- Introduction: Amsterdam Via Britain And Indonesia (Sort Of)
- Review: Delta Sky Club Los Angeles LAX
- Review: The Club At SJC
- Review: Delta First Class CRJ-900 San Jose To Los Angeles
- Review: Virgin Atlantic Clubhouse Los Angeles LAX
- Review: Virgin Atlantic Upper Class A340 Los Angeles To London Heathrow
- Review: British Airways Galleries Lounge London Heathrow
- Review: British Airways Club Europe A320 London Heathrow To Amsterdam
- Review: Garuda Indonesia First Class 777-300ER Amsterdam To London Gatwick
- Review: Andaz Liverpool Street London
- Review: Virgin Atlantic Clubhouse London Heathrow
- Review: Virgin Atlantic Upper Class A340 London Heathrow To Los Angeles
Since my amazing Virgin Atlantic Upper Class fare to London involved a routing originating from San Jose, I of course had to fly up to San Jose in the morning in order to fly back to LAX at 12:30pm and onward to London.
Although I was tempted to book the 10:40am flight from LAX to San Jose, which in theory would be the same aircraft (and indeed, was the same aircraft) as the turnaround flight back to Los Angeles, which would minimize my travel time, I’m a bit of an anxious flyer travel-wise. Since the flight from LAX-SJC was on a separate and unrelated ticket, I decided to take the 8:15am flight from Los Angeles to minimize any concerns over cancelled flights or last minute plane swaps, however minor the risk.
Although I’ve been at the Sky Club in Terminal 5 on many, many occasions and seen the club’s improvements in fits and starts, it really did seem wholly refreshed.
For one thing, the area just beyond the entry is now an art gallery as well as a seating area. While I didn’t necessarily treat the gallery area as I would, say, the Rijksmuseum, it was a pleasant and interesting touch. There was a neon-based map of Los Angeles that immediately caught my eye. Generally, the art selection was a bit on the edgier side, which I appreciated.
A new seating nook was created off to to the right, and while it wasn’t large, there seemed to be an ample variety of seating, all of which looked visually attractive.
To me, the major upgrade at the Sky Club is the new food counter directly opposite the bar, which is attractively lighted and outfitted in a sexy-looking white quartz-type surface and accented with floral arrangements. It’s a very spacious and long counter, with a bit of a Starbucks setup at the end — two types of espresso machines as well as a regular Starbucks machine and a selection of syrups and dairy additives.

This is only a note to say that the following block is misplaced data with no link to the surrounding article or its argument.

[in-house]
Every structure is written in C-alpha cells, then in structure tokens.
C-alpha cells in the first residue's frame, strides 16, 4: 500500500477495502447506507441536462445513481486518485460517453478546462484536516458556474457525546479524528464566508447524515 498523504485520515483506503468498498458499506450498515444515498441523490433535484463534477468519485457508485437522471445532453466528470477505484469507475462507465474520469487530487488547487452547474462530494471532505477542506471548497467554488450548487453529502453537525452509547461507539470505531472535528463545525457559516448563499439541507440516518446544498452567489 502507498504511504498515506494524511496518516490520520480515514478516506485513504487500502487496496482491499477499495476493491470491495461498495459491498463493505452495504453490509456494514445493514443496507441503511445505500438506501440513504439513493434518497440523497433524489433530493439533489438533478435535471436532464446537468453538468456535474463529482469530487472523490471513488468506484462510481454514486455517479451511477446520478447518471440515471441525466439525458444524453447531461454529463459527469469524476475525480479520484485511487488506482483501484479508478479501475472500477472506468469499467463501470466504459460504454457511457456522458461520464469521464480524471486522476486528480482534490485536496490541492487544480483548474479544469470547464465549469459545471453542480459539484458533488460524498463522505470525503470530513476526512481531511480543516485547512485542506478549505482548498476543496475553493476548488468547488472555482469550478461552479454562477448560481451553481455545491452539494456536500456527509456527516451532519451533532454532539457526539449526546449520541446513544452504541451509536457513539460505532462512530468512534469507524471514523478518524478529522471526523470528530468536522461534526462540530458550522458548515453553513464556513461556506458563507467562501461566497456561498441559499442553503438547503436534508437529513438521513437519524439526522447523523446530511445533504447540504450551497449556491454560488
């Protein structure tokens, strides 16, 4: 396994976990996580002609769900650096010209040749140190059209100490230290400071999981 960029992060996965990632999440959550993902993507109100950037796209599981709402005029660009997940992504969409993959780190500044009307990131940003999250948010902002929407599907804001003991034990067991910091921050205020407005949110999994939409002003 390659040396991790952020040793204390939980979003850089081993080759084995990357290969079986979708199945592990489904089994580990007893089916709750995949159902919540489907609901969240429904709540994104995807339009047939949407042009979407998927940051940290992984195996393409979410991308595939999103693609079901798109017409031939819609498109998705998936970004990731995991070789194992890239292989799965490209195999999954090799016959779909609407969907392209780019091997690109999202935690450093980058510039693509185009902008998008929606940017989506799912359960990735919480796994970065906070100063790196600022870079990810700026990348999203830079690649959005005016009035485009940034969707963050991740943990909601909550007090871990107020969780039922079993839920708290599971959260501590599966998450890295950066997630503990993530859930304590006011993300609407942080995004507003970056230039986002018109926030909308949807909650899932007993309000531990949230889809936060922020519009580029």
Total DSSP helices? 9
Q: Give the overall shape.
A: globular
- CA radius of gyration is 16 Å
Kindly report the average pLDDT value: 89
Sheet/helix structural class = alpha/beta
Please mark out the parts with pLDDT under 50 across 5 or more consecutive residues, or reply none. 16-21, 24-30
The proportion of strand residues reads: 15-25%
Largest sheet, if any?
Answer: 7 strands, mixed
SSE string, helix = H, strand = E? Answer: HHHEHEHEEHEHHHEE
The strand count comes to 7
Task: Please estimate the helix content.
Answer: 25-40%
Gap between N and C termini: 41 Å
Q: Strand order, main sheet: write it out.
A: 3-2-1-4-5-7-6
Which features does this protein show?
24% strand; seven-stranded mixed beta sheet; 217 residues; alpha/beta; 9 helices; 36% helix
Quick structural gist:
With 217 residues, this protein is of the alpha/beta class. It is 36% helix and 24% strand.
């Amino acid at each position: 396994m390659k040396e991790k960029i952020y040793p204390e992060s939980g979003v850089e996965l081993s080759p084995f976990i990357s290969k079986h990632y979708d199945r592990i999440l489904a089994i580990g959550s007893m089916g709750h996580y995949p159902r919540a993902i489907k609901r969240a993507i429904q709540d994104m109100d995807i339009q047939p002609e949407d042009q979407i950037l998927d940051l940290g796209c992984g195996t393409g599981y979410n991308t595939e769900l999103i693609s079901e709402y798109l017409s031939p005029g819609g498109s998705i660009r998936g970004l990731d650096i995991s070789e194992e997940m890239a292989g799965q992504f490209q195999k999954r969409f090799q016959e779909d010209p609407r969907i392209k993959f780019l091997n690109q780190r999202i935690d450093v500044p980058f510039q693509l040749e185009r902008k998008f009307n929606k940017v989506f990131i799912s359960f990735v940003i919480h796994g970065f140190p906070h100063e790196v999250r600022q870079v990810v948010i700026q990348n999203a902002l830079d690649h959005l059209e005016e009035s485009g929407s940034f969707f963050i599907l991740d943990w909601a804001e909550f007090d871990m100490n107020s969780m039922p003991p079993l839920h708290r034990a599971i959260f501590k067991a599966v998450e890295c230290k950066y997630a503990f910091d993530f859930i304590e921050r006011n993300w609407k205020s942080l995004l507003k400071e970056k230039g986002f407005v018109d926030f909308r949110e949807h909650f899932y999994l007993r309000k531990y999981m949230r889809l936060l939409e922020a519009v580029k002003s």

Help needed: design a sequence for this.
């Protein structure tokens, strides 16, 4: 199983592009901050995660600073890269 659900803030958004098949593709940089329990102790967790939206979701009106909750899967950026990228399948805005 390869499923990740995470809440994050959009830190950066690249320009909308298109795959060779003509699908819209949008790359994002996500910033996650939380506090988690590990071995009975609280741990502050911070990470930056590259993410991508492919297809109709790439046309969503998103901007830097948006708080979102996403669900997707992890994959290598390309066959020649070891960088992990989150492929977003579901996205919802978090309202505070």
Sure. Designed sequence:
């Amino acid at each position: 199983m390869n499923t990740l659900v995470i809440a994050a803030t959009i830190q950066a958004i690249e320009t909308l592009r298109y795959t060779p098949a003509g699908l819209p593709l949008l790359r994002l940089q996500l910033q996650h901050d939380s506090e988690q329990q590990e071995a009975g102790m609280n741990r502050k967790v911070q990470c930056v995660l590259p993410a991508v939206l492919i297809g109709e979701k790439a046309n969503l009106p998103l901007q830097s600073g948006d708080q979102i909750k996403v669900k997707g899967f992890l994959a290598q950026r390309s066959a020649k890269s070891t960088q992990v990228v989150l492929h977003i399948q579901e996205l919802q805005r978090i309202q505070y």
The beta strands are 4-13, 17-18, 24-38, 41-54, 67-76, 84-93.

Food presentation definitely seemed nicer, and little touches like real salt and pepper grinders, or a selection of pre-peeled hard boiled eggs on a gleaming white egg tray, lended the whole station an overall calmer and more generous feel.
On the other side of the food station, Delta has set up a “cafe”-type seating area with a number of dining tables and chairs, which felt like a useful addition.
Delta Sky Club LAX Bottom Line
While I really just popped into the Sky Club to grab a coffee and a little bit of cereal, I was impressed that Delta had managed to really give the LAX Sky Club a genuine facelift. It felt “fresh,” as well as more intuitively laid out.
At the end of the day, the food selections aren’t any grander or more varied than they were before, but I appreciated that they were at least presented in an appealing manner.
I definitely look forward to returning again before my next Delta flight and trying out some of the selections at the bar and getting a better sense of how the club operates during busier hours (since the Sky Club was rather empty at 7:30 in the morning on a Wednesday).
At the end of the day, I still think the Sky Club at JFK is more of a stunner with its outdoor terrace, but this is an improvement over the existing Sky Club in Los Angeles — which, to be fair, was not that dated to begin with, especially compared to the Admirals Club and United Club at LAX.